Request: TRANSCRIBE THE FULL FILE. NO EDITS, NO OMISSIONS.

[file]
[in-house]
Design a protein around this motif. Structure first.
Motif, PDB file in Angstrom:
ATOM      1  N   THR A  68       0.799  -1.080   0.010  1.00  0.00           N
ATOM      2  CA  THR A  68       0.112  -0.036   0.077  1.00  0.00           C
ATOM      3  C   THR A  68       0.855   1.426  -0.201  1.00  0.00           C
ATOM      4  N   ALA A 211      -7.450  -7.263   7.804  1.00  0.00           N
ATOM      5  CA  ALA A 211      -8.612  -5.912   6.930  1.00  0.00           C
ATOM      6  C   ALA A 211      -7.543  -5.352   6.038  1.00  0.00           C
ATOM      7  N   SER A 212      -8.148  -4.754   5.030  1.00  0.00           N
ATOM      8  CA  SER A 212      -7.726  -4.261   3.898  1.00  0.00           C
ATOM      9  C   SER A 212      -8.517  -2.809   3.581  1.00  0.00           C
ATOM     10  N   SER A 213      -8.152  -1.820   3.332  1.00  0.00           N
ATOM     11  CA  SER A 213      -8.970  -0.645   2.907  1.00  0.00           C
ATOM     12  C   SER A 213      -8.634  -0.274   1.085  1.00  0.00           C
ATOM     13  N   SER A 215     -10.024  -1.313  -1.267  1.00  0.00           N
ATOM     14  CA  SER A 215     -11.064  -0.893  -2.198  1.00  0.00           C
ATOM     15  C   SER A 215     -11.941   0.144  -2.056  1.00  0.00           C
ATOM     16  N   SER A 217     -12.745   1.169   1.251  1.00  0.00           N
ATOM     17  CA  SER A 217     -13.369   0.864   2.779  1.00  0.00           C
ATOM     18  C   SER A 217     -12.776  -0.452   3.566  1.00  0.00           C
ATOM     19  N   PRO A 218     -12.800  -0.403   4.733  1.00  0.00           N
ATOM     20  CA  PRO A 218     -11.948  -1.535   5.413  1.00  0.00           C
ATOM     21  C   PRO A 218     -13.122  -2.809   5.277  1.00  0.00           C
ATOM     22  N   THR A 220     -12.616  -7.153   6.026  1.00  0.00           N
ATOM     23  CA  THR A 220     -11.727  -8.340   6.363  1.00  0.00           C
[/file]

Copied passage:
[in-house]
Design a protein around this motif. Structure first.
Motif, PDB file in Angstrom:
ATOM      1  N   THR A  68       0.799  -1.080   0.010  1.00  0.00           N
ATOM      2  CA  THR A  68       0.112  -0.036   0.077  1.00  0.00           C
ATOM      3  C   THR A  68       0.855   1.426  -0.201  1.00  0.00           C
ATOM      4  N   ALA A 211      -7.450  -7.263   7.804  1.00  0.00           N
ATOM      5  CA  ALA A 211      -8.612  -5.912   6.930  1.00  0.00           C
ATOM      6  C   ALA A 211      -7.543  -5.352   6.038  1.00  0.00           C
ATOM      7  N   SER A 212      -8.148  -4.754   5.030  1.00  0.00           N
ATOM      8  CA  SER A 212      -7.726  -4.261   3.898  1.00  0.00           C
ATOM      9  C   SER A 212      -8.517  -2.809   3.581  1.00  0.00           C
ATOM     10  N   SER A 213      -8.152  -1.820   3.332  1.00  0.00           N
ATOM     11  CA  SER A 213      -8.970  -0.645   2.907  1.00  0.00           C
ATOM     12  C   SER A 213      -8.634  -0.274   1.085  1.00  0.00           C
ATOM     13  N   SER A 215     -10.024  -1.313  -1.267  1.00  0.00           N
ATOM     14  CA  SER A 215     -11.064  -0.893  -2.198  1.00  0.00           C
ATOM     15  C   SER A 215     -11.941   0.144  -2.056  1.00  0.00           C
ATOM     16  N   SER A 217     -12.745   1.169   1.251  1.00  0.00           N
ATOM     17  CA  SER A 217     -13.369   0.864   2.779  1.00  0.00           C
ATOM     18  C   SER A 217     -12.776  -0.452   3.566  1.00  0.00           C
ATOM     19  N   PRO A 218     -12.800  -0.403   4.733  1.00  0.00           N
ATOM     20  CA  PRO A 218     -11.948  -1.535   5.413  1.00  0.00           C
ATOM     21  C   PRO A 218     -13.122  -2.809   5.277  1.00  0.00           C
ATOM     22  N   THR A 220     -12.616  -7.153   6.026  1.00  0.00           N
ATOM     23  CA  THR A 220     -11.727  -8.340   6.363  1.00  0.00           C